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Most state legislatures in the United States ban general corporations from accepting banker's deposits, which covers any service where a general corporation acts as a funds drawee that transfers current funds (i.e., credit payable ...
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Most state legislatures in the United States ban general corporations from accepting banker’s deposits, which covers any service where a general corporation acts as a funds drawee that transfers current funds (i.e., credit payable upon demand) to make payments as a substitute for coins on behalf of an account holder. Historically, in some states, this ban did not extend to a sole proprietor acting as a banker.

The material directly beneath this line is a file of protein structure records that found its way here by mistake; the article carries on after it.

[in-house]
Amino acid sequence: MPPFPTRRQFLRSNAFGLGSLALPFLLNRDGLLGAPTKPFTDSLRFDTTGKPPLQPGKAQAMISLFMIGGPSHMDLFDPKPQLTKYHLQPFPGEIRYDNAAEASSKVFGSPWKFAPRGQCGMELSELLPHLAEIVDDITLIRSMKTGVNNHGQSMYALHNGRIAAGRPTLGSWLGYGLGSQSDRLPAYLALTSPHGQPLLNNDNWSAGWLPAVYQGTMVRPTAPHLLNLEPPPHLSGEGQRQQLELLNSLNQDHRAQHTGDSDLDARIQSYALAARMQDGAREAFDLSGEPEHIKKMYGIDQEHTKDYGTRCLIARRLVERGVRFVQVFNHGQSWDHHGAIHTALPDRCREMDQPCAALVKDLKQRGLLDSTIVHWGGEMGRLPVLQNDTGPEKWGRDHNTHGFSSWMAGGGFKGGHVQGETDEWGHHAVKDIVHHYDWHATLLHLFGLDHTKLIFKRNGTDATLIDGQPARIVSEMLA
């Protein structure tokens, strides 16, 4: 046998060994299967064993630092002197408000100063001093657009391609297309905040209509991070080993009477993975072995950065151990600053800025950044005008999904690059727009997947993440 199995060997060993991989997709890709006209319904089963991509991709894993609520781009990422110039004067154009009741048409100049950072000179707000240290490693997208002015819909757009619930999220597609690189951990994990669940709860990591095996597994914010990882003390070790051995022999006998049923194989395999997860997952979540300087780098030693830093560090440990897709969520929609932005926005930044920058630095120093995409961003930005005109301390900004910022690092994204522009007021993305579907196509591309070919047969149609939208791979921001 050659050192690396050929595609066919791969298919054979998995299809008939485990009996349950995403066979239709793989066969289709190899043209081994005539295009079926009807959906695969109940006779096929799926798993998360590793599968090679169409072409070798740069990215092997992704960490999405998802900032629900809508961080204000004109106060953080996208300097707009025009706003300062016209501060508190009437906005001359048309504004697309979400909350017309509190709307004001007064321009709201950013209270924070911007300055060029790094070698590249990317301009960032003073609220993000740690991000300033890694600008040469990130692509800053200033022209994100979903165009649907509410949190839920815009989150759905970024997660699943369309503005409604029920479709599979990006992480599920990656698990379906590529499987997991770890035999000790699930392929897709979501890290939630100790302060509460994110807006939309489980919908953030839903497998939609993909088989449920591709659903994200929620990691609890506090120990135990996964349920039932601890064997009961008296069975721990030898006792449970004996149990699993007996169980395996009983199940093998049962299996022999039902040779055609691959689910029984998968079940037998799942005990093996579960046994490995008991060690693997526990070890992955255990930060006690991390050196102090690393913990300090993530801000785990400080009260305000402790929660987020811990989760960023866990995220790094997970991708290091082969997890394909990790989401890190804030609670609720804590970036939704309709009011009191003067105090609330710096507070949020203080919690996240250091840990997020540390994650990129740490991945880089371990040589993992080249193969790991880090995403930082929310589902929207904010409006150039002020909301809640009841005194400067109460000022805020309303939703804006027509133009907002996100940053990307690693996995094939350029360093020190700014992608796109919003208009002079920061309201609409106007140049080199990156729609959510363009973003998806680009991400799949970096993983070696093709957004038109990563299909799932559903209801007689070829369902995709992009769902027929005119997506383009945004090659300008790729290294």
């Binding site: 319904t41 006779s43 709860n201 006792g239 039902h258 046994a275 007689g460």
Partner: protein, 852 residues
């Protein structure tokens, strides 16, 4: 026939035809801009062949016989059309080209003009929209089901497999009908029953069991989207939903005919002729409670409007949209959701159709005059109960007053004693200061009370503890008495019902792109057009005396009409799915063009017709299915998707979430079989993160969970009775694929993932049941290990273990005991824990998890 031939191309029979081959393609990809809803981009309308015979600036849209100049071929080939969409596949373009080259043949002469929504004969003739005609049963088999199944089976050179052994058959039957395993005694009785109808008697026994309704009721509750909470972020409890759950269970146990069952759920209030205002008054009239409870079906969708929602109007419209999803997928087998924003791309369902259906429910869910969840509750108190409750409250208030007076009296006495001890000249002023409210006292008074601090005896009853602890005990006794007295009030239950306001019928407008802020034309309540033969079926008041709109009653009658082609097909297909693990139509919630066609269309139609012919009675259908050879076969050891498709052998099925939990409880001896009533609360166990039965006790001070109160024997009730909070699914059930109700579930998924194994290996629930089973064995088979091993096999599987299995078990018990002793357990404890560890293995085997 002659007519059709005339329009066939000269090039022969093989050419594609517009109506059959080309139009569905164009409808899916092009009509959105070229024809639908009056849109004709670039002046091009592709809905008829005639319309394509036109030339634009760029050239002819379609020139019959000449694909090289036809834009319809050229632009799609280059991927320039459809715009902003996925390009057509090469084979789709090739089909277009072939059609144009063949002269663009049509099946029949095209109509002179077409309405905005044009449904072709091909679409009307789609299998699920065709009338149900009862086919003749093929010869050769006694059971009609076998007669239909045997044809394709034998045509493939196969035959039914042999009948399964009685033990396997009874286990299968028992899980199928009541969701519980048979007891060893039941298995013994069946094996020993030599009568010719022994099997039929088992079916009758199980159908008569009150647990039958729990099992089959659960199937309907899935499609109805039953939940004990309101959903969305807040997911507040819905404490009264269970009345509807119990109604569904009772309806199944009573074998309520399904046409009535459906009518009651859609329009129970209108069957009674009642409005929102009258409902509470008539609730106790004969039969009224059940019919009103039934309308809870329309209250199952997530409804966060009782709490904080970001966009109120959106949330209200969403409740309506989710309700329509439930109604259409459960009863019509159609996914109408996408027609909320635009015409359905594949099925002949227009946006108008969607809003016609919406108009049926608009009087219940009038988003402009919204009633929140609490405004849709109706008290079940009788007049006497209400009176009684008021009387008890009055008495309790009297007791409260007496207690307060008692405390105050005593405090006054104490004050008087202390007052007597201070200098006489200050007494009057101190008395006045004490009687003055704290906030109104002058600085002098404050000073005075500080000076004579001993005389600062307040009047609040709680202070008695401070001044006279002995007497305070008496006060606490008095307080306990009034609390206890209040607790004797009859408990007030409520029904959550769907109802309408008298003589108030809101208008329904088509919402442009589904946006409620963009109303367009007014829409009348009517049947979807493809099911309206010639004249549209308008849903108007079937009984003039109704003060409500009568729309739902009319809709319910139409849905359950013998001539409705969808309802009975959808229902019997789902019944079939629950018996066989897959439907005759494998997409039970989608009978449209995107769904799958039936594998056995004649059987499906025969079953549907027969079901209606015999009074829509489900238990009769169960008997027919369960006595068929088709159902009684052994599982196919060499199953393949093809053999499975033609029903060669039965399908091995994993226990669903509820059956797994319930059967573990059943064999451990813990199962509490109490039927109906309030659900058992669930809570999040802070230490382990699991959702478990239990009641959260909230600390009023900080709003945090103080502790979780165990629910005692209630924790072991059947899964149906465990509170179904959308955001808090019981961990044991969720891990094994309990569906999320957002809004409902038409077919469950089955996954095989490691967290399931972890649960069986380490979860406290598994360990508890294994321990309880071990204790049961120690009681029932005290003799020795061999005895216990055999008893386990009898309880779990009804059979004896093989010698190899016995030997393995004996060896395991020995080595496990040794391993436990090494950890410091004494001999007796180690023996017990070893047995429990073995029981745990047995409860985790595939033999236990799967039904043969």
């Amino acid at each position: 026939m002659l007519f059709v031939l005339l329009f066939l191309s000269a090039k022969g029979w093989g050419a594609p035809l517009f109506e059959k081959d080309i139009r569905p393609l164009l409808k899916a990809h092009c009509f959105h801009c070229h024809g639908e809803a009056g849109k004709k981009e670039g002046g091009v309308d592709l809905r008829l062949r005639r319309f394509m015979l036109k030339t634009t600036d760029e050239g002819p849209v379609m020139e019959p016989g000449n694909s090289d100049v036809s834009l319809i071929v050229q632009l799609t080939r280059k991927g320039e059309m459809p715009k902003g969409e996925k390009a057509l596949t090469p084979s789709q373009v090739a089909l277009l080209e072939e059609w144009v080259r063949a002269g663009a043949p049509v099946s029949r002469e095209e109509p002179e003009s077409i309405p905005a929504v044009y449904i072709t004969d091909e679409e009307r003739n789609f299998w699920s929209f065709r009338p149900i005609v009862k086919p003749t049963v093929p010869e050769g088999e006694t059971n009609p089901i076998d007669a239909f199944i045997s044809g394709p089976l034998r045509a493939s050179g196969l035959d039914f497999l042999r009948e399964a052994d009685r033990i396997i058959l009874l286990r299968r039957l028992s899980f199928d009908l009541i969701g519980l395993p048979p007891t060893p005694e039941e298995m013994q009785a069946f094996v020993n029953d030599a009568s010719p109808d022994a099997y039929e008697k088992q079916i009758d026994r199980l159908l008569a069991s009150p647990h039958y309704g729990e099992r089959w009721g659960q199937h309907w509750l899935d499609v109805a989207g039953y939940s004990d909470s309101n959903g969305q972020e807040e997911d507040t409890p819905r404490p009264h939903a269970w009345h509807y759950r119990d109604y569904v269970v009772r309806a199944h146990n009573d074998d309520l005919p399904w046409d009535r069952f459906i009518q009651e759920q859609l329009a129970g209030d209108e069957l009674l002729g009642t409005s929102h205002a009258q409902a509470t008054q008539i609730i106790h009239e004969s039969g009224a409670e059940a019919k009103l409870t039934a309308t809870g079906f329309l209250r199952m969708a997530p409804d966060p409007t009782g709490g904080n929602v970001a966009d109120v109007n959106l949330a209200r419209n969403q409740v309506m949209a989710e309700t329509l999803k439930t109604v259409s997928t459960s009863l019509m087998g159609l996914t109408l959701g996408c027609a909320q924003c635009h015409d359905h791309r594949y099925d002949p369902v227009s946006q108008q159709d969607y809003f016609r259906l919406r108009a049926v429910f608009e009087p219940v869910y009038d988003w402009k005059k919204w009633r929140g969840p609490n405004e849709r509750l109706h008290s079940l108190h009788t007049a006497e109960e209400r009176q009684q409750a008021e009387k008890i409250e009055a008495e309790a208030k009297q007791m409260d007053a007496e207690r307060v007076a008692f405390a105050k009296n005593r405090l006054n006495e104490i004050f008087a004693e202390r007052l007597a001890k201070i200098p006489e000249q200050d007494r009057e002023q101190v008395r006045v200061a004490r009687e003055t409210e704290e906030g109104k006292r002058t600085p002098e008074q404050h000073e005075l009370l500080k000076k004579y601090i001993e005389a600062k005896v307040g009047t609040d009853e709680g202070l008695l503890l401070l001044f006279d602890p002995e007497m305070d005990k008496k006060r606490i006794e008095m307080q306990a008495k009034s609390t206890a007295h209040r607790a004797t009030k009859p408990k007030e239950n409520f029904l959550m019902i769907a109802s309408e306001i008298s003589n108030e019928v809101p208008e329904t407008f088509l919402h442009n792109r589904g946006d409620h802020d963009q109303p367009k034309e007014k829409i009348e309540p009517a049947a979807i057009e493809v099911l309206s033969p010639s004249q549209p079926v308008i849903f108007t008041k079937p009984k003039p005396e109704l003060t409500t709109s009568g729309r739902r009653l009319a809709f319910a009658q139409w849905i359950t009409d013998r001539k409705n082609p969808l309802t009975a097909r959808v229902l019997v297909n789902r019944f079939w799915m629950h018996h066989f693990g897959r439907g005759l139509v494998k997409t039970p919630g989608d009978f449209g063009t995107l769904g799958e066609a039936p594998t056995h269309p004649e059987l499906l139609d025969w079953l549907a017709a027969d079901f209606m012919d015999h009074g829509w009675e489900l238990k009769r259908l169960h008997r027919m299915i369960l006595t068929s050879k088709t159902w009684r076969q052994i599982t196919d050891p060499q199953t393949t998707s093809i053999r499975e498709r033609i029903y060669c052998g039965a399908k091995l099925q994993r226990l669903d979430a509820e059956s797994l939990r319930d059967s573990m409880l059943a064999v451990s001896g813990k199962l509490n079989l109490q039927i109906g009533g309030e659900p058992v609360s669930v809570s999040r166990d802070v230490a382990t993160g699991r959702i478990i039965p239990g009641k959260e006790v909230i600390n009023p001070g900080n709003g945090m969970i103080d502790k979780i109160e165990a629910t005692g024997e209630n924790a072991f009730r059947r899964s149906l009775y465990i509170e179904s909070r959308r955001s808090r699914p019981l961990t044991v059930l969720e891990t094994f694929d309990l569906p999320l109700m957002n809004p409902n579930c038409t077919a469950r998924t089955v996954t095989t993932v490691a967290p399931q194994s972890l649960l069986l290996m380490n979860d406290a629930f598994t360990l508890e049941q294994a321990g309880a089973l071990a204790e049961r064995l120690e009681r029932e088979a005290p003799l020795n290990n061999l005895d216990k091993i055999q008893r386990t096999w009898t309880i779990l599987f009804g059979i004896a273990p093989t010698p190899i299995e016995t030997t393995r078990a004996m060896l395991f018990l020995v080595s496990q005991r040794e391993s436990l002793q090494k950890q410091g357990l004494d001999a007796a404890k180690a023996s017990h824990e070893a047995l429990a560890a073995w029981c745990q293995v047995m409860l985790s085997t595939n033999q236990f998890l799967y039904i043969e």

U.S. states tend to include a license to conduct the banking business as part of the standard terms of the corporate franchise in the state bank charters of incorporation. The license may be implied by a reference in the charter application to the bank being created “under” the state banking law. Federal depository institutions such as National Banks, or federally chartered credit unions derive their authority from federal statutory charter law. Opening or operating a bank also requires regulatory compliance, which may include Federal Deposit Insurance Corporation (FDIC) approval for coverage and opening an account at a Federal Reserve Bank (or otherwise establishing a facility to settle checks via settlement with Federal Reserve Bank issued credit).
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